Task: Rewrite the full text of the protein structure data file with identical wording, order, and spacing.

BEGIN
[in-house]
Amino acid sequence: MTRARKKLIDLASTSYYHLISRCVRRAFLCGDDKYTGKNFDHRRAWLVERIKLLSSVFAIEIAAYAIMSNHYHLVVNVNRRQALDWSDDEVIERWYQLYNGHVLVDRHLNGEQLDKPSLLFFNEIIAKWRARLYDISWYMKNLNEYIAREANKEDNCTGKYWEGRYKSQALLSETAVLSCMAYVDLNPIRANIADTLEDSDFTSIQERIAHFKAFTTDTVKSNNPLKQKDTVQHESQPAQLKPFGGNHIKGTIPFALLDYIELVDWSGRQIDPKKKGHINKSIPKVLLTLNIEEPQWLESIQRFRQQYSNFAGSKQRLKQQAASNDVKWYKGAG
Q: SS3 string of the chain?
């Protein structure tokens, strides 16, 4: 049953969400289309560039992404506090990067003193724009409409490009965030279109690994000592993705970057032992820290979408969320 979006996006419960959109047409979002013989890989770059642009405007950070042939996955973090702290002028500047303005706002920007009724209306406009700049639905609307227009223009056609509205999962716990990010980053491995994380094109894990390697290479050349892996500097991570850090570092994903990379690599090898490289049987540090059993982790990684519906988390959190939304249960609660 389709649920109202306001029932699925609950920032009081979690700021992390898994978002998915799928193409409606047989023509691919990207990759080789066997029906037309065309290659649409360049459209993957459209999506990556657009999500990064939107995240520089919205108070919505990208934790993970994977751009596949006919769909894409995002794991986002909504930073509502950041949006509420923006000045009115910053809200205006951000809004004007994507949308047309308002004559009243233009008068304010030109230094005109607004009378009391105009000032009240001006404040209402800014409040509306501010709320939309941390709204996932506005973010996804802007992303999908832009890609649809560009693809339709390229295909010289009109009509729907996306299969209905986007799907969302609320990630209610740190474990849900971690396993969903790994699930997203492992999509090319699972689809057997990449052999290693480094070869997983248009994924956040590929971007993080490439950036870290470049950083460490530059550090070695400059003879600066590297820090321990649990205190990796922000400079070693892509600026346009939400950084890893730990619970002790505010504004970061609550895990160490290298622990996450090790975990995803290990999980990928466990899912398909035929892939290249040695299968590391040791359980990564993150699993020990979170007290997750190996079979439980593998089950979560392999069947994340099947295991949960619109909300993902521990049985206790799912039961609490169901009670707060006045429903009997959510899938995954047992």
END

[in-house]
Amino acid sequence: MTRARKKLIDLASTSYYHLISRCVRRAFLCGDDKYTGKNFDHRRAWLVERIKLLSSVFAIEIAAYAIMSNHYHLVVNVNRRQALDWSDDEVIERWYQLYNGHVLVDRHLNGEQLDKPSLLFFNEIIAKWRARLYDISWYMKNLNEYIAREANKEDNCTGKYWEGRYKSQALLSETAVLSCMAYVDLNPIRANIADTLEDSDFTSIQERIAHFKAFTTDTVKSNNPLKQKDTVQHESQPAQLKPFGGNHIKGTIPFALLDYIELVDWSGRQIDPKKKGHINKSIPKVLLTLNIEEPQWLESIQRFRQQYSNFAGSKQRLKQQAASNDVKWYKGAG
Q: SS3 string of the chain?
């Protein structure tokens, strides 16, 4: 049953969400289309560039992404506090990067003193724009409409490009965030279109690994000592993705970057032992820290979408969320 979006996006419960959109047409979002013989890989770059642009405007950070042939996955973090702290002028500047303005706002920007009724209306406009700049639905609307227009223009056609509205999962716990990010980053491995994380094109894990390697290479050349892996500097991570850090570092994903990379690599090898490289049987540090059993982790990684519906988390959190939304249960609660 389709649920109202306001029932699925609950920032009081979690700021992390898994978002998915799928193409409606047989023509691919990207990759080789066997029906037309065309290659649409360049459209993957459209999506990556657009999500990064939107995240520089919205108070919505990208934790993970994977751009596949006919769909894409995002794991986002909504930073509502950041949006509420923006000045009115910053809200205006951000809004004007994507949308047309308002004559009243233009008068304010030109230094005109607004009378009391105009000032009240001006404040209402800014409040509306501010709320939309941390709204996932506005973010996804802007992303999908832009890609649809560009693809339709390229295909010289009109009509729907996306299969209905986007799907969302609320990630209610740190474990849900971690396993969903790994699930997203492992999509090319699972689809057997990449052999290693480094070869997983248009994924956040590929971007993080490439950036870290470049950083460490530059550090070695400059003879600066590297820090321990649990205190990796922000400079070693892509600026346009939400950084890893730990619970002790505010504004970061609550895990160490290298622990996450090790975990995803290990999980990928466990899912398909035929892939290249040695299968590391040791359980990564993150699993020990979170007290997750190996079979439980593998089950979560392999069947994340099947295991949960619109909300993902521990049985206790799912039961609490169901009670707060006045429903009997959510899938995954047992």